• Hard copies: In our digital age it’s easy to overlook the risks posed by hard copy data. Printers and the dear old fax can digitise paper records quickly.

5: Future developments

GDPR has been unleashed and has encouraged other democracies to improve legislation regarding data privacy. In tandem, the UK is divorcing its relationship with the EU.  In tandem, Technological advancements pose new upside / downside risks.

A summary:

Personal Data Protection Bill (PDPB): After a landmark judgement by the Supreme Court of India which declared privacy as a fundamental right, the ‘Justice BN Srikrishna Committee’ released its first draft of the PDPB on 27 July 2018. Similar to the GDPR the PDPB has teeth, fines are substantial for serious breaches. It’s due to be enforced July 2019.

Brexit: The marriage is over: the European Commission needs to decide if the UK can afford adequate protection to European Union Citizens’ data. The signs so far are not good for the UK:

"Who would launch an infringement against the United Kingdom in the case of misapplication of GDPR (General Data Protection Regulation)? Who would ensure that the United Kingdom would update its data legislation every time the EU updates GDPR? How can we ensure the uniform interpretation of the rules on data protection on both sides of the Channel?"
Michel Barnier (31/05/18)

Artificial Intelligence (AI): Decisions made without human intervention require care. Organisations exist for their shareholders or stakeholders. They’ll naturally strive for efficiency and accordingly automation is tempting. Especially if the highest business cost: wages can be cut by technology. You still need consent from data subjects, until robots process each other’s data, people need to know where AI is in play.

6: Core legislation

A three or four letter acronym will usually cover the regulations you need to comply with (in Canada you get six). Make sure you know all the regulations that affect the data you process. There’s a wealth of information available from Data Protection Authorities. The quality is varied but you can’t ignore it. Find it, analyse it and translate what it means for your organisation.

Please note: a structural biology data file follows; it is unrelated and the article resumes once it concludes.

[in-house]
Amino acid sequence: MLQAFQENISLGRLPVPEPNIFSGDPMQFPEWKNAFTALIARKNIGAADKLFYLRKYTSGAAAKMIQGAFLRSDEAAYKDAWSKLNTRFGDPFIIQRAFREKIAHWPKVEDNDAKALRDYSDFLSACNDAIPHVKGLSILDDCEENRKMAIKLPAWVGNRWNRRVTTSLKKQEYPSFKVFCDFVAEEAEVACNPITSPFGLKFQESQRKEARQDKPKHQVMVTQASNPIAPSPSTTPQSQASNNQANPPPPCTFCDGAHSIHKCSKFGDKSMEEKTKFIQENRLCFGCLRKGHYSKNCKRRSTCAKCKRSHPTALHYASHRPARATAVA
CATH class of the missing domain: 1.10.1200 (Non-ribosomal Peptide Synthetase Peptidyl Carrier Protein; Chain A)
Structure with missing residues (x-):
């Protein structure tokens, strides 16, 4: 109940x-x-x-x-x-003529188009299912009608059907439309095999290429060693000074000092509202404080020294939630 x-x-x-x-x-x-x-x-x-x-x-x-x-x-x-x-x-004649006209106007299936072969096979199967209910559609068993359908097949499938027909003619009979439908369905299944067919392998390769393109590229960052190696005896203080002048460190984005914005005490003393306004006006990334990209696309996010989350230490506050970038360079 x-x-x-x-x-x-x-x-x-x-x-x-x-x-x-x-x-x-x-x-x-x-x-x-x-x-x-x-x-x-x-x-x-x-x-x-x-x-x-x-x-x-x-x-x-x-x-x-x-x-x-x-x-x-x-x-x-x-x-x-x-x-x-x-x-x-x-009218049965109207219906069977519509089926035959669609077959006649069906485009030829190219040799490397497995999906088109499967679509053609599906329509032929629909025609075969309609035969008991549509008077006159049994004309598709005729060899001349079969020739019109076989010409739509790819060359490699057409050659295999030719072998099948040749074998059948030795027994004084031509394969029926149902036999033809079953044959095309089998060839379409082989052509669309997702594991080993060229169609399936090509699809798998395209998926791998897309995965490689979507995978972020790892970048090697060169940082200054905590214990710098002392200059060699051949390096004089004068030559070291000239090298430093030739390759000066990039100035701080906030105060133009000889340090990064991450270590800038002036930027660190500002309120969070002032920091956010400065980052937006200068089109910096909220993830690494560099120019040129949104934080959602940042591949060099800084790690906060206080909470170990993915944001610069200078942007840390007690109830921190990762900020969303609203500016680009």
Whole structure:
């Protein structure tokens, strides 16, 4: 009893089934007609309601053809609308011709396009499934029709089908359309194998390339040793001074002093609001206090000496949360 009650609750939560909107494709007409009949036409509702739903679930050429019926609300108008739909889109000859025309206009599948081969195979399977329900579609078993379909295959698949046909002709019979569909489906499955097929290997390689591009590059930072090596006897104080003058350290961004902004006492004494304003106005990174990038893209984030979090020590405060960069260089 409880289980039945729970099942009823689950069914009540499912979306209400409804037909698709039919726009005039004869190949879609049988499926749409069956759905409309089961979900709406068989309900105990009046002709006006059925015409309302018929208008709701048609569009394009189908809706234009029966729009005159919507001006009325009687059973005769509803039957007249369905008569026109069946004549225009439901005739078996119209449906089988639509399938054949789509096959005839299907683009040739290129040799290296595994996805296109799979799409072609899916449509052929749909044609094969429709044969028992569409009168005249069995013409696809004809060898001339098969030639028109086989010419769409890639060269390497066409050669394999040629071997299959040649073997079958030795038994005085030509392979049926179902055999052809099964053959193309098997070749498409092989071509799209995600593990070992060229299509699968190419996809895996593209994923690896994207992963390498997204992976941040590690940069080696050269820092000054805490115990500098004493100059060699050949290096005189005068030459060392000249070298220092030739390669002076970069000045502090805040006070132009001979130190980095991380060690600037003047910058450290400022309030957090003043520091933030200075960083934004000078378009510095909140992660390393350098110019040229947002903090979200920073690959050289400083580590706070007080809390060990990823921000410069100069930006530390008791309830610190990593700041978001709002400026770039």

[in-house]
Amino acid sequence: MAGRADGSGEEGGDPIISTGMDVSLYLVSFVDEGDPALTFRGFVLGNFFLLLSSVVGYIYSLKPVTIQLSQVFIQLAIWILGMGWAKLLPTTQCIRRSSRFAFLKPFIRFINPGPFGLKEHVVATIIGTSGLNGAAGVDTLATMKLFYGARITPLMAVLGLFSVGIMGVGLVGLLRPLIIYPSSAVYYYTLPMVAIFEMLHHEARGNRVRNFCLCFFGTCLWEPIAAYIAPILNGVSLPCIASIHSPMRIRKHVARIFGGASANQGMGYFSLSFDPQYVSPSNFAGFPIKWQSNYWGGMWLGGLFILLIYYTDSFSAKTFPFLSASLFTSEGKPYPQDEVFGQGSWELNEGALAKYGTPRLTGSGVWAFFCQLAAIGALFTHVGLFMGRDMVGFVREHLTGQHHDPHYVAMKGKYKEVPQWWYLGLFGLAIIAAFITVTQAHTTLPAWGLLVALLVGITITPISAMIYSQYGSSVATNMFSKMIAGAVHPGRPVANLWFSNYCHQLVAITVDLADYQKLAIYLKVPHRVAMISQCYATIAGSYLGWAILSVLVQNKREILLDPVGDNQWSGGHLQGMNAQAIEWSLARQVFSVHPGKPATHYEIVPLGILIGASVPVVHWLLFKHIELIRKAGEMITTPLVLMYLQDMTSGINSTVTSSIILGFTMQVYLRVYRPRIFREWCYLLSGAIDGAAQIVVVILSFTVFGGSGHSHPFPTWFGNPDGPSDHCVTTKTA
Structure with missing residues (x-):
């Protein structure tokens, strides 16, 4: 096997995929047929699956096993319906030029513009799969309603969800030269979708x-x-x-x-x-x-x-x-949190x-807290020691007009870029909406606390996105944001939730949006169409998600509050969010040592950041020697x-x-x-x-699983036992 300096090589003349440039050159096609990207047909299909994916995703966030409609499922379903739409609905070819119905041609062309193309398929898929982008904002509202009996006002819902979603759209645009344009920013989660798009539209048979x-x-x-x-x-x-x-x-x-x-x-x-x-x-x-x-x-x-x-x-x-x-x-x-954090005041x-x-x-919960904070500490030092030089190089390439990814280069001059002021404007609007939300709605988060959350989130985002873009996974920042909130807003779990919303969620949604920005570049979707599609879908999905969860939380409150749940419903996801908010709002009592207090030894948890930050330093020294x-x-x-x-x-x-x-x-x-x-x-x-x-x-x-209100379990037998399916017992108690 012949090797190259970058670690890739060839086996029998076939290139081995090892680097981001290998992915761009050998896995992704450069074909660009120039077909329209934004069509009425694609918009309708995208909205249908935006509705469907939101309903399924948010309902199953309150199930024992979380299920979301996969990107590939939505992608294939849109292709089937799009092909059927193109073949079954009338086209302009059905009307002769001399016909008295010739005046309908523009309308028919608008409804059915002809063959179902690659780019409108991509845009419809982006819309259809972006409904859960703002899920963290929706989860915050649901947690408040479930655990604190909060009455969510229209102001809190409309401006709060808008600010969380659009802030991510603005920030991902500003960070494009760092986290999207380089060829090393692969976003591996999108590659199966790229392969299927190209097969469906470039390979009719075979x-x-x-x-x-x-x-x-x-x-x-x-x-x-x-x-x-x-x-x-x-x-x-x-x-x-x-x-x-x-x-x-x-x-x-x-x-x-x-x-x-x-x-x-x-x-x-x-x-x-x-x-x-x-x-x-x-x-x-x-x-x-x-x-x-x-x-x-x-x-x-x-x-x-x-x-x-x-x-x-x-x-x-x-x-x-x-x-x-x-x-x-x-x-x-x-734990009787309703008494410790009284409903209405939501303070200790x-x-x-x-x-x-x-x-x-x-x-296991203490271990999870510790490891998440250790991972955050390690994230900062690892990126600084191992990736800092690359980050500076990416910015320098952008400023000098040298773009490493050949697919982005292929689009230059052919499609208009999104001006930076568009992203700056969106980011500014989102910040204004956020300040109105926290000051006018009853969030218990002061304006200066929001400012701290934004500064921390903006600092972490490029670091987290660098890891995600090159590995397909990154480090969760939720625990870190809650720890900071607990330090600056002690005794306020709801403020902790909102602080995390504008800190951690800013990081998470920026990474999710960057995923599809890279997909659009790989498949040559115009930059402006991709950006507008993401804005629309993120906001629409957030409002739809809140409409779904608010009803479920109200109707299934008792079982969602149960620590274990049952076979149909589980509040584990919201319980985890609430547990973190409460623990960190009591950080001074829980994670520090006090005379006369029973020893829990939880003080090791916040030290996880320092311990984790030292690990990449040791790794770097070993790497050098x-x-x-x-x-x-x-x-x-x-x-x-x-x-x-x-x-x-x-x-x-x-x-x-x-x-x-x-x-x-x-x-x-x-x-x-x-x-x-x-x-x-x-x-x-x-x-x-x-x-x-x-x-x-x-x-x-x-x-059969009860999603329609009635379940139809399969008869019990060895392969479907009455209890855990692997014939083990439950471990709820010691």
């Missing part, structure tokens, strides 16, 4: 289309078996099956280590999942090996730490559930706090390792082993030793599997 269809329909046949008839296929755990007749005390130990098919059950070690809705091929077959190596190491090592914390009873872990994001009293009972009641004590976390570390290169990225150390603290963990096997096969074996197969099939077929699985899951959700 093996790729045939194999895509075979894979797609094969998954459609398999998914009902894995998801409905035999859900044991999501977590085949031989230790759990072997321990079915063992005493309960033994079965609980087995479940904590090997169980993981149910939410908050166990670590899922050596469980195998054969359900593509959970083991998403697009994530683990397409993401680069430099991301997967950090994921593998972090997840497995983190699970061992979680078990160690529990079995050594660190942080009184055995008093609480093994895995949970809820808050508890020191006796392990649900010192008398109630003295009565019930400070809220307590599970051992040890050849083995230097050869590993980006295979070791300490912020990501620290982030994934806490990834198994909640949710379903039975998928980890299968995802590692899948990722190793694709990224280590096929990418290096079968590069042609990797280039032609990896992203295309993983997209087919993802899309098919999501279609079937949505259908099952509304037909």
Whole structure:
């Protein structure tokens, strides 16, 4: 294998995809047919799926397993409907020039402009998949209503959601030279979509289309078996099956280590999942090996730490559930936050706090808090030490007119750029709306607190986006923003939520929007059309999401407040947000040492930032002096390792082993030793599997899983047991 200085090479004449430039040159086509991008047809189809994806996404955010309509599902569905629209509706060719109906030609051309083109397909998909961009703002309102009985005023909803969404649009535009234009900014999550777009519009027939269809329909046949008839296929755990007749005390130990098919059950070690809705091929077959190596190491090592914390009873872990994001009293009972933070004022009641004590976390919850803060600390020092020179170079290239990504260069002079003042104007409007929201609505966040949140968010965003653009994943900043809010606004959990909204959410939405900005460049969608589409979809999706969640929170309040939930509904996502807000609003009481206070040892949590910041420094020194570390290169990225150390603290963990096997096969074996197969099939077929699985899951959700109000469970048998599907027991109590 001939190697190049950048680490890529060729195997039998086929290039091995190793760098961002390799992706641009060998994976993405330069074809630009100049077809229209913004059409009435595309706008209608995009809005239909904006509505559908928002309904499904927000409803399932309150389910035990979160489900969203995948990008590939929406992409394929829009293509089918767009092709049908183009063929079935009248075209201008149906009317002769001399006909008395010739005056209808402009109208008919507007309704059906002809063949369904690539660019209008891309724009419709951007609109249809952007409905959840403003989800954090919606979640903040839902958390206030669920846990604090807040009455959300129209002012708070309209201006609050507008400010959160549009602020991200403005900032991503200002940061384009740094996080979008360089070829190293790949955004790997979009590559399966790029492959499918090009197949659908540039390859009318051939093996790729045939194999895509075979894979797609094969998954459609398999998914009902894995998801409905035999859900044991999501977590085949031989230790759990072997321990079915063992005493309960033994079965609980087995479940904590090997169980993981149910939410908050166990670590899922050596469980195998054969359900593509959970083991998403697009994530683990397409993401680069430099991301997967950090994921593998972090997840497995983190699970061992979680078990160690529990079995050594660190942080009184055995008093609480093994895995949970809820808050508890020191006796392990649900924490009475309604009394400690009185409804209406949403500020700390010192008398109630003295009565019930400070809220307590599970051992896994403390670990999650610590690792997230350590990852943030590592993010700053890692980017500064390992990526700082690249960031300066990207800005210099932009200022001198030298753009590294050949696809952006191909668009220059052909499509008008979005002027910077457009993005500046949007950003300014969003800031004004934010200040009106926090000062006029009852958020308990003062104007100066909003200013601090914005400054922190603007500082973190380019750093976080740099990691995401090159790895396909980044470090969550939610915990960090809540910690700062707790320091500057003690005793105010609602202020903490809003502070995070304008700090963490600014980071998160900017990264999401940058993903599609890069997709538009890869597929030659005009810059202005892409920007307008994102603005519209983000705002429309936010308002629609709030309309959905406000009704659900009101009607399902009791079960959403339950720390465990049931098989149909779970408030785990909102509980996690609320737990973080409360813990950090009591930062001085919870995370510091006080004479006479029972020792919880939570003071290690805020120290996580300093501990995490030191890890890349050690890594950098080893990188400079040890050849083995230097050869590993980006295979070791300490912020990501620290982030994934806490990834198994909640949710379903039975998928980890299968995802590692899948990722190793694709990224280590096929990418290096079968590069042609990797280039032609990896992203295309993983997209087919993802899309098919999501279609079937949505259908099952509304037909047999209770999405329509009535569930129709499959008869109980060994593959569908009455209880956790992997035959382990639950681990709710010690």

7: Independent Bodies

Are here assist and enforce data protection legislation and regulations.

In my view the Information Commissioner’s Office (ICO) has, throughout the age of austerity, provided a suite of practical and applicable data protection guidance. Anyone has access to it and UK firms will find it hard to justify they didn’t know about it. The ICO has embraced a multi-media communication campaign using social and traditional media.

8: Competent Privacy Professionals

Privacy teams need a range of knowledge and competencies. Qualifications are important  but how someone performs is even more important. Develop competency models for privacy personnel and support their development. Broadly: you’ll need legal eagles, technologists, leaders and managers.

The British Computer Society, ISC(2) and the International Association of Privacy Professionals are renowned sources of support in this area.

9: Conflicts

National security can be used by Governments to trump Privacy. History demonstrates that governing parties in democracies that cannot demonstrate ability to keep their citizens safe fail. In some countries the governing parties have responded by executing laws which permit access to personal data on the grounds of national security. Capitalism operates on the basis of competition. If your client sees an opportunity for a foreign government to gain advantage over healthy competition, they’ll ask you to store their data in a suitable geography. The good news: Cloud providers are increasing global companies’ ability to host data across regions. The trick is to (a) have the budget to cover such flexibility or (b) be clear in procurement negotiations on where data can be processed.

Information Technology professionals are essential for facilitating effective data privacy programs. Being aware of these nine points will ensure they can positively influence any organisations’ trustworthy approach to reaching mission critical goals